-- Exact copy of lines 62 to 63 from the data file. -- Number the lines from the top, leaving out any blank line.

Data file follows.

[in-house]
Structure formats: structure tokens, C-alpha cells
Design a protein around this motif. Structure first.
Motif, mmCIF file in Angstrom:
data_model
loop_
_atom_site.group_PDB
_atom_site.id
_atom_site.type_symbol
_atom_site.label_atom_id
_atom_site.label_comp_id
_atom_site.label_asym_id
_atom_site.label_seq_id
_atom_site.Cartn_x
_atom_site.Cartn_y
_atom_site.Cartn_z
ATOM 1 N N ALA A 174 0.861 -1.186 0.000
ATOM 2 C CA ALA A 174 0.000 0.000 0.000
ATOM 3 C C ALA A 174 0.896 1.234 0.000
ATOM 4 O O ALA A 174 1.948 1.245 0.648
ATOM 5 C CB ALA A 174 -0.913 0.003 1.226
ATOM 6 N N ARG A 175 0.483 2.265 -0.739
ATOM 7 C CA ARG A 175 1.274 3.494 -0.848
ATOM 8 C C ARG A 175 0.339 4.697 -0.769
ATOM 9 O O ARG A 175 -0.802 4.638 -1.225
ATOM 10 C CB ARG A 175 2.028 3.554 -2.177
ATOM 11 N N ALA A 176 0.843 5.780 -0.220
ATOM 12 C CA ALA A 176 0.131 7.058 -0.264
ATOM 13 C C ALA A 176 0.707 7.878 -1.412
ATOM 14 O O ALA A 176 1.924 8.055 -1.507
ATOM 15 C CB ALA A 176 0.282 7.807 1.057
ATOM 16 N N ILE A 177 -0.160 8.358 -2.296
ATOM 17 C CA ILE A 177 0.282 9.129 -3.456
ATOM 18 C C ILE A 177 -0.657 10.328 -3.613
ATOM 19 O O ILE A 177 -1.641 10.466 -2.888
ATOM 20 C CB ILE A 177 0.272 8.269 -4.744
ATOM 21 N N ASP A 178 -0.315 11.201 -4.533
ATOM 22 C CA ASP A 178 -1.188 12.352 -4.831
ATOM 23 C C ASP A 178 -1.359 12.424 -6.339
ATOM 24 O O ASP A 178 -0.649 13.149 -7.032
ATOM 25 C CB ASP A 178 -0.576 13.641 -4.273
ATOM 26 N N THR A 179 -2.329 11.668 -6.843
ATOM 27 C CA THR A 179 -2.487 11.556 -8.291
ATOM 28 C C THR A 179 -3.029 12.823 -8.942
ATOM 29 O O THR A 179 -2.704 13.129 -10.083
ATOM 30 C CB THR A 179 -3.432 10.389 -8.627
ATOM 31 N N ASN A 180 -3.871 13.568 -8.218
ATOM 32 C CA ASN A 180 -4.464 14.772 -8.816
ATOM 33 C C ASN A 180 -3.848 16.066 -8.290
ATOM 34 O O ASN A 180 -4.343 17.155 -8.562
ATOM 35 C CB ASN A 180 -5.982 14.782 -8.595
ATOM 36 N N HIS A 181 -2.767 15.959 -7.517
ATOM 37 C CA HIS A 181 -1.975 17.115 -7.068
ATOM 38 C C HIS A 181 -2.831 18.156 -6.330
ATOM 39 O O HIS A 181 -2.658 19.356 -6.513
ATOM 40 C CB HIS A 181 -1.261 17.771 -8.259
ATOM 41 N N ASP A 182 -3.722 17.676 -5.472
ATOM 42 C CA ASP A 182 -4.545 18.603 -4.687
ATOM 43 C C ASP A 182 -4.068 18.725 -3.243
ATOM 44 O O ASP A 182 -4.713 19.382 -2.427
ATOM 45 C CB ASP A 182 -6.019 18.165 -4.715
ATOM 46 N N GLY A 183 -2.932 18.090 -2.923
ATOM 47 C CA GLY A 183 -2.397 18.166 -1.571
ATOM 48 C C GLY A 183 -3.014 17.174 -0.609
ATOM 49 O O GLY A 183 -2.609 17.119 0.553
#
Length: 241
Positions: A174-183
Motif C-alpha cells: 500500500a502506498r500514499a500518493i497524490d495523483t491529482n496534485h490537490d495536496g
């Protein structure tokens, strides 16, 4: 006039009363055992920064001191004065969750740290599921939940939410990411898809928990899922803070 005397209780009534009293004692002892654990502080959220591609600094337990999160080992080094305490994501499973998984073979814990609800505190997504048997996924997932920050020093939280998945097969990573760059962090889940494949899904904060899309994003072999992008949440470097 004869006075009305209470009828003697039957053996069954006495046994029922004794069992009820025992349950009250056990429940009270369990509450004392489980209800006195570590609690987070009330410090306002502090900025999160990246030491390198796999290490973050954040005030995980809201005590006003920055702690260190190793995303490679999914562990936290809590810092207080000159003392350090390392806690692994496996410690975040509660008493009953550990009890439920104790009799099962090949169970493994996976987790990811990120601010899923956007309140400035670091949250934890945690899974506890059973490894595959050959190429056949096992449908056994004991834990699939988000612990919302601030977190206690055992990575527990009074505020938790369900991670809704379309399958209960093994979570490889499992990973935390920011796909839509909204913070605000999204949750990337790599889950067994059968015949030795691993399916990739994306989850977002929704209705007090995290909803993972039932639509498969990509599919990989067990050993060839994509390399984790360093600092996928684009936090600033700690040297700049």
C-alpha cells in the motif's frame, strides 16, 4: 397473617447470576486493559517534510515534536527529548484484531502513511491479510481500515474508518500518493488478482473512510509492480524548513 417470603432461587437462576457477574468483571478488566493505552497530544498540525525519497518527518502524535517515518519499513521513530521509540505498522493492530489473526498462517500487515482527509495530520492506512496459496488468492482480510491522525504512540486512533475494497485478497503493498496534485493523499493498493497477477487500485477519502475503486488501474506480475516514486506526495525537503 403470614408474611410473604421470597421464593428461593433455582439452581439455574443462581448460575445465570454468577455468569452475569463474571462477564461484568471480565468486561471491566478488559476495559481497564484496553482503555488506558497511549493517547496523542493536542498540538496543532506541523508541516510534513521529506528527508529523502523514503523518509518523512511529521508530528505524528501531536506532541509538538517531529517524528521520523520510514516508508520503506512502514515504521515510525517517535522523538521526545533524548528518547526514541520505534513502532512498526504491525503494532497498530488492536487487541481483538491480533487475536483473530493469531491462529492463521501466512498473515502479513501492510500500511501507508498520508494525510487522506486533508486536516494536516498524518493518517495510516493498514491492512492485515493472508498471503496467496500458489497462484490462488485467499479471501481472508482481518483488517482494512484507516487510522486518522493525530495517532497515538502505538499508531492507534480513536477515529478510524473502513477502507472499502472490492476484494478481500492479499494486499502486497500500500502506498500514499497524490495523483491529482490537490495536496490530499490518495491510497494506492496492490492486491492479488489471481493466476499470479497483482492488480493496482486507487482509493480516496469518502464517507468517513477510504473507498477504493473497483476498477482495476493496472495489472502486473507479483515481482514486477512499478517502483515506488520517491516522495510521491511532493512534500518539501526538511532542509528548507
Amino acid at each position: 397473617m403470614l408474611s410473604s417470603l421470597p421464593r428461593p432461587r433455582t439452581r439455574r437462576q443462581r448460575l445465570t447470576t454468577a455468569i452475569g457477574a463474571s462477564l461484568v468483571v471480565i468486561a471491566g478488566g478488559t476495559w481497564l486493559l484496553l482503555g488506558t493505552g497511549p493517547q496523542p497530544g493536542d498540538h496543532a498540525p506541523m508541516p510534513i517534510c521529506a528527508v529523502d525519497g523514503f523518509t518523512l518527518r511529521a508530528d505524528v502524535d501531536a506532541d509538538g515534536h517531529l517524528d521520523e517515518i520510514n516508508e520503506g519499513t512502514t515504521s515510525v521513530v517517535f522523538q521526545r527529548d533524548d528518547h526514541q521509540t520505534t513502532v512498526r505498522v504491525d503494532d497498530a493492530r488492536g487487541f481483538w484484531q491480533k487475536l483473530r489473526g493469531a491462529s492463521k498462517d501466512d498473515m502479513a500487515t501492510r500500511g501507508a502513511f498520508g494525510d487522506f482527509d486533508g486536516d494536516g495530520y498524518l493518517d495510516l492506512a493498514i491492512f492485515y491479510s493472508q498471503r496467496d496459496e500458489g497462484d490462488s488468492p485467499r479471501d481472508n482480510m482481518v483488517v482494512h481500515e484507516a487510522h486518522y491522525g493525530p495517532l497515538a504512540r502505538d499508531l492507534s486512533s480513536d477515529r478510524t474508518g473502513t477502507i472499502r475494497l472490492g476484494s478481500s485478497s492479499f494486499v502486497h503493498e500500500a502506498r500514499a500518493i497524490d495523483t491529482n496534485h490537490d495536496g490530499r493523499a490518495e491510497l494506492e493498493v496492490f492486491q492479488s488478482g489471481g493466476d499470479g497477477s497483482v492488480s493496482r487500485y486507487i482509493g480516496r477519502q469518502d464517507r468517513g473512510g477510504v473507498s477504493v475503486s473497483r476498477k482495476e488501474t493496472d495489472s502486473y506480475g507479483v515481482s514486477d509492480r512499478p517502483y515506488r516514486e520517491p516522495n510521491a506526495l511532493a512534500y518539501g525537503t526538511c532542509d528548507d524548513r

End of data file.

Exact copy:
ATOM 46 N N GLY A 183 -2.932 18.090 -2.923
ATOM 47 C CA GLY A 183 -2.397 18.166 -1.571